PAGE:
Just to point out, PR-ship in Canada and Australia before setting foot is expensive. You need to pay thousands of dollars (for both currencies) and go through series of assessment before you're even considered.

Singapore: Free. You only have to pay for your REP. And that's making the job easy for a lot of PR abusers (unfortunately from the substandard quality because of the no-cost involved).

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Postby goby777 » Tue, 13 Nov 2012 9:04 am

Thank you guys for replying. He is hk citizen holding BrItish national overseas passport.

Since husband is in EP1 and wife is also EP(Q1), I thought the chance would be good and no need for staying for such long time, and both EP got approved within a week time.

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Postby Callput » Tue, 13 Nov 2012 10:03 am

the lynx wrote:
Callput wrote:Not dis-agreeing with most of what you said, but wanted to mention, that the only realistic way of immigrating to both Canada and Australia, is to apply and get PR before setting foot into the country. There PRs have almost same privilege like a citizen and most jobs require PR or citizen unlike in Singapore, where foreigners can come over a weekend holiday and land a job offer quickly followed by an EP, lol. I know I am exaggerating but you know its possible or atleast used to be couple of years ago.


Just to point out, PR-ship in Canada and Australia before setting foot is expensive. You need to pay thousands of dollars (for both currencies) and go through series of assessment before you're even considered.

Singapore: Free. You only have to pay for your REP. And that's making the job easy for a lot of PR abusers (unfortunately from the substandard quality because of the no-cost involved).


Cost depends on worth also, even though the PR in CA, AU cost like 3-4k,there are plenty of people with just paper qualifications, queuing up to get it as they know, once they get there they could drive a taxi also and recover the money back.

Singapore on the other hand, if they put up even a meagre fee of say 500$ I won't be surprised if many people just back off as its hard to recover that money, especially if you are in a stable job and don't want to buy hdb :wink:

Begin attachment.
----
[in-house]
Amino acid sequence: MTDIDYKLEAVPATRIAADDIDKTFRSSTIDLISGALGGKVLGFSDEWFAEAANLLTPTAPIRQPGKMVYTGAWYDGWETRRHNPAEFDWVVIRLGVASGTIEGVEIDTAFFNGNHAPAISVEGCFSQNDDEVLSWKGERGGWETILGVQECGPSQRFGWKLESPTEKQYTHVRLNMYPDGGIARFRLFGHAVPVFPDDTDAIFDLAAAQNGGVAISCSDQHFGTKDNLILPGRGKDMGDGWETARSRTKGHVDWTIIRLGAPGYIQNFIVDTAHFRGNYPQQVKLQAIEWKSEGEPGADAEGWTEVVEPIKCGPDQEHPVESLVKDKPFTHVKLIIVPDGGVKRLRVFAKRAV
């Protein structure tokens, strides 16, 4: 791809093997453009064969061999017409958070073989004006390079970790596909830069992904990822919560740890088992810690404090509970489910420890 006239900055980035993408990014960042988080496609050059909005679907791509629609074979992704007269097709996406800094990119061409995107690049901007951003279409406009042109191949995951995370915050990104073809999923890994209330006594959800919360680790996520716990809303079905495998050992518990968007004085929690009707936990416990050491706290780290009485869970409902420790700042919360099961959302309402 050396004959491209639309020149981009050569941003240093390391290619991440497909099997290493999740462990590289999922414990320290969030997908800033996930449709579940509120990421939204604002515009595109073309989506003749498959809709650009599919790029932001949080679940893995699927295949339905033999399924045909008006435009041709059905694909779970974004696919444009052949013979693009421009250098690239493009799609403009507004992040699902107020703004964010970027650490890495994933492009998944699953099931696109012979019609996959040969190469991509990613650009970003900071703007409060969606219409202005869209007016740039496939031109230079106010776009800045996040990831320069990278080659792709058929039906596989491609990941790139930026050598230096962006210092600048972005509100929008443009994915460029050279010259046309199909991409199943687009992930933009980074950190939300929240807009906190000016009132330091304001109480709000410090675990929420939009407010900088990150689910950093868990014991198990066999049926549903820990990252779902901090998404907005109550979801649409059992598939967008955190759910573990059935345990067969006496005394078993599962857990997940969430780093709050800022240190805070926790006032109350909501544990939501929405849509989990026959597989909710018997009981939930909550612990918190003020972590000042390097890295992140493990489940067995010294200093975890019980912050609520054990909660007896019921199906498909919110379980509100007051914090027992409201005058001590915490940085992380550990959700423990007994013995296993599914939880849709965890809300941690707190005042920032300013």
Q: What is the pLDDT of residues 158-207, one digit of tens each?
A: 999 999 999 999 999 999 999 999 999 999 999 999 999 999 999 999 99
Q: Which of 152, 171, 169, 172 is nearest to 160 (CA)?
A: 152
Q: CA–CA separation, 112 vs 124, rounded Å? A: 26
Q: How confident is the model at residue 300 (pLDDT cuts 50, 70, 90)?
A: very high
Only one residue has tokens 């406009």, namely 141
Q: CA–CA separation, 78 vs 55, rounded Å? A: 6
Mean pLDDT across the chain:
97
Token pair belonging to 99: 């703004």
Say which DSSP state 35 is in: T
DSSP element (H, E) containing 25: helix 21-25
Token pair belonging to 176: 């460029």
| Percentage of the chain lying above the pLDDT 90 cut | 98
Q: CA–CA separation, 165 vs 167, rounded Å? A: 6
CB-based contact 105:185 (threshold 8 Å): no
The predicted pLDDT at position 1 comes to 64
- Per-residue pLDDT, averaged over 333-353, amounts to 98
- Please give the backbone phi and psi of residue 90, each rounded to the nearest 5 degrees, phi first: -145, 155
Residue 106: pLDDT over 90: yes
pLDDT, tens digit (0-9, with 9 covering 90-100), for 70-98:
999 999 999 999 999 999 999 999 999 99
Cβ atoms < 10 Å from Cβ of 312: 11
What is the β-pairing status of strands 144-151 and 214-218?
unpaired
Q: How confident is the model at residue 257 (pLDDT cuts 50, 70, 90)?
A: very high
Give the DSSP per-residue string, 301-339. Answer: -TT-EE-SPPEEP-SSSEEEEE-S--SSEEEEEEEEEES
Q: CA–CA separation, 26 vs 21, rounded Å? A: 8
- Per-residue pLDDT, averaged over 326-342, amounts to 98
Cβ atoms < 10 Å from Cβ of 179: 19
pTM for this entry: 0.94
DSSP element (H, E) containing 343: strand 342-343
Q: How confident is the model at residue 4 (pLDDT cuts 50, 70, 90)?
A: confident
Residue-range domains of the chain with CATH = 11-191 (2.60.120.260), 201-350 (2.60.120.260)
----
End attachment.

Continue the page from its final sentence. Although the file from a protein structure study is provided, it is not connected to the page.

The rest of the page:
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Postby Mi Amigo » Tue, 13 Nov 2012 10:27 am

goby777 wrote:Thank you guys for replying. He is hk citizen holding BrItish national overseas passport.

Since husband is in EP1 and wife is also EP(Q1), I thought the chance would be good and no need for staying for such long time, and both EP got approved within a week time.

So you are neither the husband nor the wife then? I see that you obliterated many of your posts in a thread from a couple of years ago - what have you got to hide? I do hope you're not going to do the same thing this time; such an action is rather selfish and deprives future forum readers of information that might be helpful to them if they are in similar circumstances.
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Postby sundaymorningstaple » Tue, 13 Nov 2012 11:37 am

So, now at this juncture, we learn that both are Chinese, one from HK & one from the mainland. This will not fly at all unless the timelines are followed. The only possibility I saw AT ALL was the possibility of the husband being Caucasian British born in HK so was given PR on the back of his parents. So, what I said in my initial response still holds. Even moreso now. Chances: Zero. Until you have been here at least 2 years and have had at least 3 tax assessments (can be zero assessments but assessments nonetheless.) Get it quickly? You gotta be dreaming.

Mi Amigo, I've saved a PDF of the thread up to this point just in case.

:wink:

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Postby x9200 » Tue, 13 Nov 2012 1:28 pm

S(he) should be already fried for doing what Mi Amigo has pointed to. Should I go ahead or give it the last chance?
(asking as you are engaged in the discussion)